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As someone who has taught math and statistics, and of course as a citizen, I find it disturbing when a governmental agency cites a flawed study to support an agenda, then refuses to disavow the study even after the many problems with it, including persistent lack of transparency, are pointed out. You can read about that in David Zweig’s article “The CDC’s Flawed Case for Wearing Masks in School” in the December 2021 issue of The Atlantic, which by no stretch of the imagination qualifies as a right-wing publication. In fact David Zweig has written for plenty of left-leaning organizations; among them are The New Yorker, The New York Times, CNN, Salon, Slate, The New Republic, and New York Magazine.

You can also get a much more detailed and animated account in a December 17th Megyn Kelly interview with David Zweig that goes from about 1:00 to about 49:00 in this YouTube video. (The timeline slider lets you skip through a couple of two-minute commercials; one or two very brief commercials dismiss themselves, and in another one or two you can click to dismiss the ads.)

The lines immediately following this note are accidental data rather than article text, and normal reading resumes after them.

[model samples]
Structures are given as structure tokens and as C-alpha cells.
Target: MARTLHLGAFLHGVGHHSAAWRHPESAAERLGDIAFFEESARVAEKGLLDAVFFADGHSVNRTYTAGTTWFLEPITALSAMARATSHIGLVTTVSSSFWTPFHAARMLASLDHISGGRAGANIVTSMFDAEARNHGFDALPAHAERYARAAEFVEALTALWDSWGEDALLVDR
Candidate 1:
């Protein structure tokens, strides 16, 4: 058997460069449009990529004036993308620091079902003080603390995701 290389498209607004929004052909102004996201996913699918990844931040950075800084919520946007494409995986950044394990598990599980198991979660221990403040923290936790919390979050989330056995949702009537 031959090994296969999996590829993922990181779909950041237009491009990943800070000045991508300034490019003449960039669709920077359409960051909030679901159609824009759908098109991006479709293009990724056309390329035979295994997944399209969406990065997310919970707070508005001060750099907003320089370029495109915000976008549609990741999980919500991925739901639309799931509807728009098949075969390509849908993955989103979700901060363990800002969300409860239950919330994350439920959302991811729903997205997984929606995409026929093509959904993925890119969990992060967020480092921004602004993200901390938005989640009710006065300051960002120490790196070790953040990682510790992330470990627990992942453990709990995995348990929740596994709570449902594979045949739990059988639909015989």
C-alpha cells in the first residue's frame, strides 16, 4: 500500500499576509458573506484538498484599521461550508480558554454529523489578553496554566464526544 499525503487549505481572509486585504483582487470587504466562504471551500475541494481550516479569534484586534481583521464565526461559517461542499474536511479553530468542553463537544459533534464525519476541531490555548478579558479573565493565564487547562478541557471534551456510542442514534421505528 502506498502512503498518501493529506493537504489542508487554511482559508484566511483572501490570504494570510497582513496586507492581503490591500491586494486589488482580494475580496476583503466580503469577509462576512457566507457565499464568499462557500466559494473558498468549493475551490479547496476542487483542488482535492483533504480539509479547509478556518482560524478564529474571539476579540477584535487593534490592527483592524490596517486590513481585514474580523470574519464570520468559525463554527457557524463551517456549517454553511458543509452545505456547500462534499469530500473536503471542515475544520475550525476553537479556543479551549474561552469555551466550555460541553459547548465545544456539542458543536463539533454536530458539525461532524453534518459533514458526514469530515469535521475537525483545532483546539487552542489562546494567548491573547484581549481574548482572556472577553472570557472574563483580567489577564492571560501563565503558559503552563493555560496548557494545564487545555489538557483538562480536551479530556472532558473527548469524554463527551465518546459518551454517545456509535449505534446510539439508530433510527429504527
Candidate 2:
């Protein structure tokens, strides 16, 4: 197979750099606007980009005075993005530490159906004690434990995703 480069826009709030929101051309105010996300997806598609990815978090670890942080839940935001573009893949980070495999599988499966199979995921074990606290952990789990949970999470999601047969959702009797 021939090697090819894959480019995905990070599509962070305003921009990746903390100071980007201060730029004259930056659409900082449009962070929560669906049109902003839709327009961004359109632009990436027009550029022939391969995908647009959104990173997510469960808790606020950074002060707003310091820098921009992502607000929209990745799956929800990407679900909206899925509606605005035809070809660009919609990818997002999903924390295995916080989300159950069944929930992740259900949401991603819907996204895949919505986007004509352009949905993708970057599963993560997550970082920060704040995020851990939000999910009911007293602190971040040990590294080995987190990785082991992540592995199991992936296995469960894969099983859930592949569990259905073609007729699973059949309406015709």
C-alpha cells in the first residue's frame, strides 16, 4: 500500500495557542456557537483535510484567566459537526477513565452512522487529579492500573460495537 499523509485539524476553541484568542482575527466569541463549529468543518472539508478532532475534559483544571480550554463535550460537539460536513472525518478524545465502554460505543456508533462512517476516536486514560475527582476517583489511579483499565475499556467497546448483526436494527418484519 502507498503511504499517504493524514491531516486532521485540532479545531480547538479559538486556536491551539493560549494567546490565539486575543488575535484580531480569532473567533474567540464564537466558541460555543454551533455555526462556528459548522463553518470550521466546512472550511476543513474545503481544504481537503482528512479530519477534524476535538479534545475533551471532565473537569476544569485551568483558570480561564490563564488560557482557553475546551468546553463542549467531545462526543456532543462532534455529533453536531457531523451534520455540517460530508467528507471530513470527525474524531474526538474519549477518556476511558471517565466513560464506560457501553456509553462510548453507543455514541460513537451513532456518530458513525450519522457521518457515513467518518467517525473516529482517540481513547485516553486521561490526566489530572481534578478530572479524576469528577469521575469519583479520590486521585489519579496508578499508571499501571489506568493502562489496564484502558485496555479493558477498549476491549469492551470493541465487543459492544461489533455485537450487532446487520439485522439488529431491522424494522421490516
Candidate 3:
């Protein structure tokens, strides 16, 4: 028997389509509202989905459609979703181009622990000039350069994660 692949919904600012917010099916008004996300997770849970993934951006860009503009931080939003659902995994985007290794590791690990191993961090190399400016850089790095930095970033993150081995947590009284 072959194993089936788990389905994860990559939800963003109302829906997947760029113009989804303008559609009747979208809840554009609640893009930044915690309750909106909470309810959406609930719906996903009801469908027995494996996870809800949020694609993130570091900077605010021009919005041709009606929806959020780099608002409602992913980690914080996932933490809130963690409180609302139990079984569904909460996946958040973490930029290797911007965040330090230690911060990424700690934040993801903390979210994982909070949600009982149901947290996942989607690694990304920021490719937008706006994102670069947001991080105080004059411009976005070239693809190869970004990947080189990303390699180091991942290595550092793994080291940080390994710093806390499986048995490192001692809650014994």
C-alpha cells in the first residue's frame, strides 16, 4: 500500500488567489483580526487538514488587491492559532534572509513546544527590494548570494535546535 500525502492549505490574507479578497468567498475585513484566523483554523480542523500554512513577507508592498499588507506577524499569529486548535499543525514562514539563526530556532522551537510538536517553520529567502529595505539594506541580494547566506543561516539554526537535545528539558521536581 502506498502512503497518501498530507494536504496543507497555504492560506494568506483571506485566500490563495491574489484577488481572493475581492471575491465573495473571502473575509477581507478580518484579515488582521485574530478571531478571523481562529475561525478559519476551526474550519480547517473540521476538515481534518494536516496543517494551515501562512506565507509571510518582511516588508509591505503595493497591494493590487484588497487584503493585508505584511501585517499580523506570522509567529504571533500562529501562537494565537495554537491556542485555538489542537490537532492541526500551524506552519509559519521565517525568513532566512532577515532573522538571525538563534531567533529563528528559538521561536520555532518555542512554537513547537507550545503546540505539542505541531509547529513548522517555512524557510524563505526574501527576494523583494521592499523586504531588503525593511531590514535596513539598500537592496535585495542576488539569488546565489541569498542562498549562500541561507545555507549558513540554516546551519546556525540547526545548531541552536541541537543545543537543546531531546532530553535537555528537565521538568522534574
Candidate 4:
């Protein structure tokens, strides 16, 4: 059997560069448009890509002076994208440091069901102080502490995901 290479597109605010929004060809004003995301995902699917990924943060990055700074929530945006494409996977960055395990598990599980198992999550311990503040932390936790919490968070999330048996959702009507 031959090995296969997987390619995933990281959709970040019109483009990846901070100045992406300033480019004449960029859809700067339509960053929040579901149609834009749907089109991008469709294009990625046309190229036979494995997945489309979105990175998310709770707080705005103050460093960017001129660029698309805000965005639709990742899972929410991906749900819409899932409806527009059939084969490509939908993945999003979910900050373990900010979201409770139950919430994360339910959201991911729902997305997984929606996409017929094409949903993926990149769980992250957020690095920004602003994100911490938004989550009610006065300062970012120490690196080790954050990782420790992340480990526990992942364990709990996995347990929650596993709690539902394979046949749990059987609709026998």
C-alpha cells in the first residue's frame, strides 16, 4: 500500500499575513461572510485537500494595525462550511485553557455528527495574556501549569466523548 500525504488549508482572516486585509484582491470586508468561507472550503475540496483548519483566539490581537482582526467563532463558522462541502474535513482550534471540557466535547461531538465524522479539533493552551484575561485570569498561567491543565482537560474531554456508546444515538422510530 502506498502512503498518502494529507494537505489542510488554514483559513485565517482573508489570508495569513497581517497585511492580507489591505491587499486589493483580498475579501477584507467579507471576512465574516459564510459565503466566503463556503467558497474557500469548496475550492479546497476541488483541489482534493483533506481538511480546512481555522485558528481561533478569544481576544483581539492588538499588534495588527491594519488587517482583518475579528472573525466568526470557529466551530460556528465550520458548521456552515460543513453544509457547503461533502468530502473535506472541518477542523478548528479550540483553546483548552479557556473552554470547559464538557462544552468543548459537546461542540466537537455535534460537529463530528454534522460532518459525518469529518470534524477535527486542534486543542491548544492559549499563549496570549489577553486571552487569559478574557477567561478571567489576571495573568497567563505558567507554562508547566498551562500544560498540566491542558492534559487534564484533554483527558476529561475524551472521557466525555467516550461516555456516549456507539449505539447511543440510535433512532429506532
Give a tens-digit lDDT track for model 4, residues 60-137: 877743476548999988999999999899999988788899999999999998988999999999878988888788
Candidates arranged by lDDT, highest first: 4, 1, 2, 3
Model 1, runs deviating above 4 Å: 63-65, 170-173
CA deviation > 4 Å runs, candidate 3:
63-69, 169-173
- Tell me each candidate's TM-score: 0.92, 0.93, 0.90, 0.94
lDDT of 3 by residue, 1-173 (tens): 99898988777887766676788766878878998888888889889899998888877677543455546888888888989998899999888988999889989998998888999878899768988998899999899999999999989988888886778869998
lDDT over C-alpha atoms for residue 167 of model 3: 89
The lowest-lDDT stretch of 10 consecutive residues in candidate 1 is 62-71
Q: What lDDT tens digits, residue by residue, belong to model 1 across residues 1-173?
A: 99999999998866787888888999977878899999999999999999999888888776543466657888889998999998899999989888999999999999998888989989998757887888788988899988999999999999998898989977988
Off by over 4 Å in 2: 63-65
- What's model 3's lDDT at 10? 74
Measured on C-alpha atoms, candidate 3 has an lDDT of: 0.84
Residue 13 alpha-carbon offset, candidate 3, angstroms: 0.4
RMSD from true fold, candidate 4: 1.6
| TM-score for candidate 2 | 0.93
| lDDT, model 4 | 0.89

© 2021 Steven Schwartzman

Written by Steve Schwartzman

December 23, 2021 at 4:35 AM

Gulf muhly on a breezy day

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On October 29th, when I drove up to the adjacent Austin suburb of Cedar Park looking for poverty weed at its fluffy best, I also came across some gulf muhly (Muhlenbergia capillaris) that looked good enough for me to get on the ground and aim up toward the clear blue sky. The top left portion of the photograph confirms the breeze I had to contend with that morning. Note the moon.


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The technical definition of a word sometimes differs from the common one. For example, most English speakers use the word bug to refer to insects in general or even other little critters like spiders. In contrast, etymologists use the term bug only for members of a certain order of insects, the Hemiptera; some sources say true bug to indicate the restricted scope.